Journal of Midwifery & Women’s Health – www.jmwh.org
Authors: Ira Kantrowitz-Gordon, CNM, PhD, Shannon Abbott, RN, BSN, Rachel Hoehn, RN, BSN
Introduction: The postpartum period can be a challenging experience for many women as they adjust to the physical and social changes after childbirth. Mindfulness-based interventions have been developed for stress reduction in a variety of health contexts, including pregnancy. These interventions provide strategies that may help new mothers handle the physical, emotional, and relationship challenges of the postpartum period and increase acceptance of postpartum physical changes and body image. Limited research has explored whether women use skills learned in prenatal mindfulness classes for the postpartum experience and parenting. The purpose of this study was to explore women’s experience with mindfulness in the year after childbirth.
Methods: Twelve women who participated in a Mindfulness for Childbirth and Parenting course during pregnancy were interviewed be-tween 2 and 16 months postpartum. The semistructured interview guide included questions on how participants may have used mindful-ness to approach a variety of positive and negative postpartum experiences. Qualitative description methodology guided the research team to code the transcripts independently. The team met to review and achieve consensus in the development of codes, categories, and themes from the data.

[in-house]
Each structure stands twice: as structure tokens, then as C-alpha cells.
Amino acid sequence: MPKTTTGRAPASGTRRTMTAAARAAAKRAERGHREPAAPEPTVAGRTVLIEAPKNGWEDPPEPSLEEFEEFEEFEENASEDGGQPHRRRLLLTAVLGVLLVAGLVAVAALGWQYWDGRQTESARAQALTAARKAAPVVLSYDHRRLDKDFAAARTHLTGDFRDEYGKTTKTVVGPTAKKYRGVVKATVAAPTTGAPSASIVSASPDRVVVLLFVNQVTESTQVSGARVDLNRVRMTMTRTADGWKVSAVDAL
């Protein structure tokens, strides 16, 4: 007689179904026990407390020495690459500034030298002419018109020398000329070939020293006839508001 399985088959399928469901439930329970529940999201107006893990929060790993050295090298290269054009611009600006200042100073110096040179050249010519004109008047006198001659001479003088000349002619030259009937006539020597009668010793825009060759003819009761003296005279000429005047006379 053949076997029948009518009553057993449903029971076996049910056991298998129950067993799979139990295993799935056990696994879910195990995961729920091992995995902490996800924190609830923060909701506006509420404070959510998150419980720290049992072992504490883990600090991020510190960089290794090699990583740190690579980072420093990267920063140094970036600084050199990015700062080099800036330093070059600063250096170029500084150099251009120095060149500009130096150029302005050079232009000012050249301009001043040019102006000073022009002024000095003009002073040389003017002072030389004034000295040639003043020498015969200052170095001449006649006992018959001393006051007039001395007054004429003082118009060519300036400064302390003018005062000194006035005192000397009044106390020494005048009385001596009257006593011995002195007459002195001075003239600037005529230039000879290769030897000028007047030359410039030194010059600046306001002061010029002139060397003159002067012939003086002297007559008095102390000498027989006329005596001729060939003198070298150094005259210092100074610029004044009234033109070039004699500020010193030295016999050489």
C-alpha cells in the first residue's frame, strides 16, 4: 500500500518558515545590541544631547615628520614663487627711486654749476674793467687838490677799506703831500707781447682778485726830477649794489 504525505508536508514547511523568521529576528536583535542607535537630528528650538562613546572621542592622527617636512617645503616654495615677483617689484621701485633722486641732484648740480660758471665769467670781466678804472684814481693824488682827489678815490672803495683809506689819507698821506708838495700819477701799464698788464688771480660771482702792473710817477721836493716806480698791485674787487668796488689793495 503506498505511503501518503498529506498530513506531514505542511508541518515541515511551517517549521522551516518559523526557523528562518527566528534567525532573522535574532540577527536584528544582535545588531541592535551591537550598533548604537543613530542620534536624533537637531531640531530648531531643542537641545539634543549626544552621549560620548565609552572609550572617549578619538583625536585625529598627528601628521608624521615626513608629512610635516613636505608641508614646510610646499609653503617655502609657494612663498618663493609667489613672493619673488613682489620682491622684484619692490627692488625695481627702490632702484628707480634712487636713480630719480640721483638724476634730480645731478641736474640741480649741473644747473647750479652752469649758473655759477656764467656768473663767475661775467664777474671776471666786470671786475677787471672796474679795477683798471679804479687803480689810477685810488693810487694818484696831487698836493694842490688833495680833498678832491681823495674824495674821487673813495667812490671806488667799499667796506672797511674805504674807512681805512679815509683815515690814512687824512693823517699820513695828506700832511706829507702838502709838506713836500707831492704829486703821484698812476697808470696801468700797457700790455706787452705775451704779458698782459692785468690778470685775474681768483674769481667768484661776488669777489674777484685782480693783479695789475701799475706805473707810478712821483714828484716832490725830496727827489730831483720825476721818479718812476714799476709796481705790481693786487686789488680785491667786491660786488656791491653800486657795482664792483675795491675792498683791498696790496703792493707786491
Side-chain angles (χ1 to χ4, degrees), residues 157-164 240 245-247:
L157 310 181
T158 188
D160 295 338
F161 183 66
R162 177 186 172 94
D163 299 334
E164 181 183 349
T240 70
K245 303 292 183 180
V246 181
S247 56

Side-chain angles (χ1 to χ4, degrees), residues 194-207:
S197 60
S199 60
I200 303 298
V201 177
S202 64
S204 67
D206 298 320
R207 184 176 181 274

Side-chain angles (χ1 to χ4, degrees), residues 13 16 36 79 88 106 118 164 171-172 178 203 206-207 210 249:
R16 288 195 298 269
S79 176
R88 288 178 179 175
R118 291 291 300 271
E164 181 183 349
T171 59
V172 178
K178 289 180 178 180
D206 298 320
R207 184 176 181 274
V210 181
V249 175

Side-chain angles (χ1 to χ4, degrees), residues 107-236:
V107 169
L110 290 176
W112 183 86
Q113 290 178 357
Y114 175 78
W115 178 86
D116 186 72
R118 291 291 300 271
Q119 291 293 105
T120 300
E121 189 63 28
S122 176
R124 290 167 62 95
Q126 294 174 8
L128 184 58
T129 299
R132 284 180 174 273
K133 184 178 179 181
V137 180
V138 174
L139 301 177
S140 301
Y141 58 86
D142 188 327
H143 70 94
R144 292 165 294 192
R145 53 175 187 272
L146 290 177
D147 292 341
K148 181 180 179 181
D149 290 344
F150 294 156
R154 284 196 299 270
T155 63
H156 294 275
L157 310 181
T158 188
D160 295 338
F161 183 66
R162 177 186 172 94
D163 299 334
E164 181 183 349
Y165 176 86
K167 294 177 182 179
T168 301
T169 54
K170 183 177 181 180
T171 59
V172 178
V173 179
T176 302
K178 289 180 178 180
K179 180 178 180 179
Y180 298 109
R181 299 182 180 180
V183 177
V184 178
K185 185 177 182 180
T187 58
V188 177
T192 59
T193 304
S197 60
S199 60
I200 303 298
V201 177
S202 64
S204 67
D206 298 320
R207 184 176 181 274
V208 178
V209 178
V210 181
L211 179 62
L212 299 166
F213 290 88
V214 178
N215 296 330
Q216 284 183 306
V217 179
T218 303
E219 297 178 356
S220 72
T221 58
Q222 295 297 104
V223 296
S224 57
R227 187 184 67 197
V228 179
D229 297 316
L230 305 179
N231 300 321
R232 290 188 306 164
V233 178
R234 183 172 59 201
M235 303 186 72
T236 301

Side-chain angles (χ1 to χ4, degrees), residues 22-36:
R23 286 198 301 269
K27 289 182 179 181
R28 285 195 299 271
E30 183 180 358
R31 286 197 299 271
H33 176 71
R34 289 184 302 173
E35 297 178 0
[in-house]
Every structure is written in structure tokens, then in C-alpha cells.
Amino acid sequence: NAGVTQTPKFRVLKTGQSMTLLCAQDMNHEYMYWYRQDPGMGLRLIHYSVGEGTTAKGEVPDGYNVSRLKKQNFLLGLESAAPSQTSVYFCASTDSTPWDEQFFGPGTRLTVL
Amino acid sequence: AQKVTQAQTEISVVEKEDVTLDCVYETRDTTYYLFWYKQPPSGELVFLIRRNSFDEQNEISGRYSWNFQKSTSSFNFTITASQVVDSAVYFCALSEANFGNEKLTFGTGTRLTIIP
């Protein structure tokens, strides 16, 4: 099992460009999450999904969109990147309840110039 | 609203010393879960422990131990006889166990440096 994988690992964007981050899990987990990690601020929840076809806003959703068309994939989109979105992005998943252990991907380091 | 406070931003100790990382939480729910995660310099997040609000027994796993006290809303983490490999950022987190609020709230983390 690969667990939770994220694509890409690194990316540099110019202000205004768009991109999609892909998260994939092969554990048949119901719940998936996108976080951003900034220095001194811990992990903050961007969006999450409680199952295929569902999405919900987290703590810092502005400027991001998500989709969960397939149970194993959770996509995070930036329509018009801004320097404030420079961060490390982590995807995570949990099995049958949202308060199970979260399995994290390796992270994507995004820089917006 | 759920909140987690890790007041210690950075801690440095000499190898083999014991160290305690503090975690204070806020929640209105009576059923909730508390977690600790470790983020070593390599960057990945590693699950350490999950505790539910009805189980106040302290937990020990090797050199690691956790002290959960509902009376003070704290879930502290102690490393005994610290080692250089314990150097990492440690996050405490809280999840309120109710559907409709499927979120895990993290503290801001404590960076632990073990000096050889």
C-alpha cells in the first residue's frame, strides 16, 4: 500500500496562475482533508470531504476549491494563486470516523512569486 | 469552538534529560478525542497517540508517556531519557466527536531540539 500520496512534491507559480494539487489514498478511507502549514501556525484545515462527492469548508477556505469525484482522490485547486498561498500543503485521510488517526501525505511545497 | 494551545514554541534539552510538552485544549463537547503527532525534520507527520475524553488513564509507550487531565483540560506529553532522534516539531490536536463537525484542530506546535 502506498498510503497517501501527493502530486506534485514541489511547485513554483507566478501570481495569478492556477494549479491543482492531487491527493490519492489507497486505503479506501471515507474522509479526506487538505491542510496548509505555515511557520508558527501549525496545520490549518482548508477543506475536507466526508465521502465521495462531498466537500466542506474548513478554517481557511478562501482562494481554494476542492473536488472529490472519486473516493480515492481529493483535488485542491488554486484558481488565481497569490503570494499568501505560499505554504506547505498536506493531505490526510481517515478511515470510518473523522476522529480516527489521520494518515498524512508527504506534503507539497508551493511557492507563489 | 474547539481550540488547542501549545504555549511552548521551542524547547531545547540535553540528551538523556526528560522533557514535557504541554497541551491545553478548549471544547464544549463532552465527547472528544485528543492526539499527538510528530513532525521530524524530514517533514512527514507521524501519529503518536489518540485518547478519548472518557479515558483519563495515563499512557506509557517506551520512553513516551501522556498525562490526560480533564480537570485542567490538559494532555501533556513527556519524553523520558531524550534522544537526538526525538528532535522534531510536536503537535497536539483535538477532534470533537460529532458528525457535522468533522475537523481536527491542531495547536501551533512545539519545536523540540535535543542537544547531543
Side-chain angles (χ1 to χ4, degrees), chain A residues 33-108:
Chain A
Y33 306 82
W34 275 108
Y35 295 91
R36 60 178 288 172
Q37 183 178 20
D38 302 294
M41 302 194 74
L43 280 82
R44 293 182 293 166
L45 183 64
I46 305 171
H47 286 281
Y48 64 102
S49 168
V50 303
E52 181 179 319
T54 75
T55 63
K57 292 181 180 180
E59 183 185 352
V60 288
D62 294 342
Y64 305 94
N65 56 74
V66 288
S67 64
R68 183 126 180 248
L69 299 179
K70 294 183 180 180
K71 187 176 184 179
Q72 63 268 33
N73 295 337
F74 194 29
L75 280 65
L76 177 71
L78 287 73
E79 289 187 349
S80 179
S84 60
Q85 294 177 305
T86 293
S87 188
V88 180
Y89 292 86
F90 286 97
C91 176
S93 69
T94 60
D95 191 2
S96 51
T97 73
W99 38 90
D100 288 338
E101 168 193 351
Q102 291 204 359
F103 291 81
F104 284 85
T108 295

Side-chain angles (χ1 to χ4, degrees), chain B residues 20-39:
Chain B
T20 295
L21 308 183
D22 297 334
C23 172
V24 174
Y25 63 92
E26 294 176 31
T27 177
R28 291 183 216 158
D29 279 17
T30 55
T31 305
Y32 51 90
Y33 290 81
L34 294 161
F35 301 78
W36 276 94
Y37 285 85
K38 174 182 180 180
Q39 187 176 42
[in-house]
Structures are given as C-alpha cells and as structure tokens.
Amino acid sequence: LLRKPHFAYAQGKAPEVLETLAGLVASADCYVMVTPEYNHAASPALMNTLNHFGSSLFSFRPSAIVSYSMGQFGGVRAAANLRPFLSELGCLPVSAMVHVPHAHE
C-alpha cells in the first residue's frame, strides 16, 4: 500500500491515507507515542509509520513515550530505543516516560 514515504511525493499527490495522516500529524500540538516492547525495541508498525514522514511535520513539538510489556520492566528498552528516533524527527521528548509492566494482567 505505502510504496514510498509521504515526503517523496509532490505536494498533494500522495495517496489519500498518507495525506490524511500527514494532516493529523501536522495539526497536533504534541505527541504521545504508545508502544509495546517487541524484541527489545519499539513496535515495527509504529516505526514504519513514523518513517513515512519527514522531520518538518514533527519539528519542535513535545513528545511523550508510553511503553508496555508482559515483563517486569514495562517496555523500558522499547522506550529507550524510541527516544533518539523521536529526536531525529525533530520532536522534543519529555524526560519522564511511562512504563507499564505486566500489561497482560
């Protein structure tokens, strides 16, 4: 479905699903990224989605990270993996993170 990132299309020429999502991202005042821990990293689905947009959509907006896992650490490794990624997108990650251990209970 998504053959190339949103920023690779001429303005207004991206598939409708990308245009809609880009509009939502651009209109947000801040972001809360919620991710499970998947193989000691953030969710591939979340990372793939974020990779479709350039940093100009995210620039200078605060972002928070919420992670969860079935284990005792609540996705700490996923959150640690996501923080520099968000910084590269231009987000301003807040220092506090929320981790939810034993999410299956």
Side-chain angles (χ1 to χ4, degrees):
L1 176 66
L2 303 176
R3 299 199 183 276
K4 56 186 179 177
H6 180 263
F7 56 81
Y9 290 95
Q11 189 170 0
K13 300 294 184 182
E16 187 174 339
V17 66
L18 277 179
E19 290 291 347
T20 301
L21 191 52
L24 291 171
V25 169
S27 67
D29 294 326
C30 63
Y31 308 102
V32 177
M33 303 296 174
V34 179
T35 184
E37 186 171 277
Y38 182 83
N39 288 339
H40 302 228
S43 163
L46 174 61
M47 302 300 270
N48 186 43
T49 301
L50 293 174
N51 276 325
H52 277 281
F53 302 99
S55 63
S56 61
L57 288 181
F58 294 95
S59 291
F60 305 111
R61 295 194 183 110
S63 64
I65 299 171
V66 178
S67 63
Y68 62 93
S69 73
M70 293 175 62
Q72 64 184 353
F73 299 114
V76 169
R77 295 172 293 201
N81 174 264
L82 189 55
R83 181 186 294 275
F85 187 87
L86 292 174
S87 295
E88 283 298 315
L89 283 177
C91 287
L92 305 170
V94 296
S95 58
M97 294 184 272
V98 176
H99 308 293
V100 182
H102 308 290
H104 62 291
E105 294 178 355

Results: Four themes were identified in women’s postpartum experiences: 1) developing a new relationship with postpartum challenges, 2) formal practices of mindfulness to address postpartum challenges, 3) informal practices to address postpartum challenges, and 4) life-changing and transformative experiences. These themes showed a pathway by which participants used mindfulness skills to address postpartum challenges and to transform these challenges with a positive perspective.
Discussion: Mindfulness skills helped class participants cope with physical and emotional challenges postpartum and fostered positive meaningful relationships with partners and newborns. Findings have implications for future research on mindfulness-based interventions and the postpartum experience.
J Midwifery Womens Health 2018;00:1–8 c 2018 by the American College of Nurse-Midwives.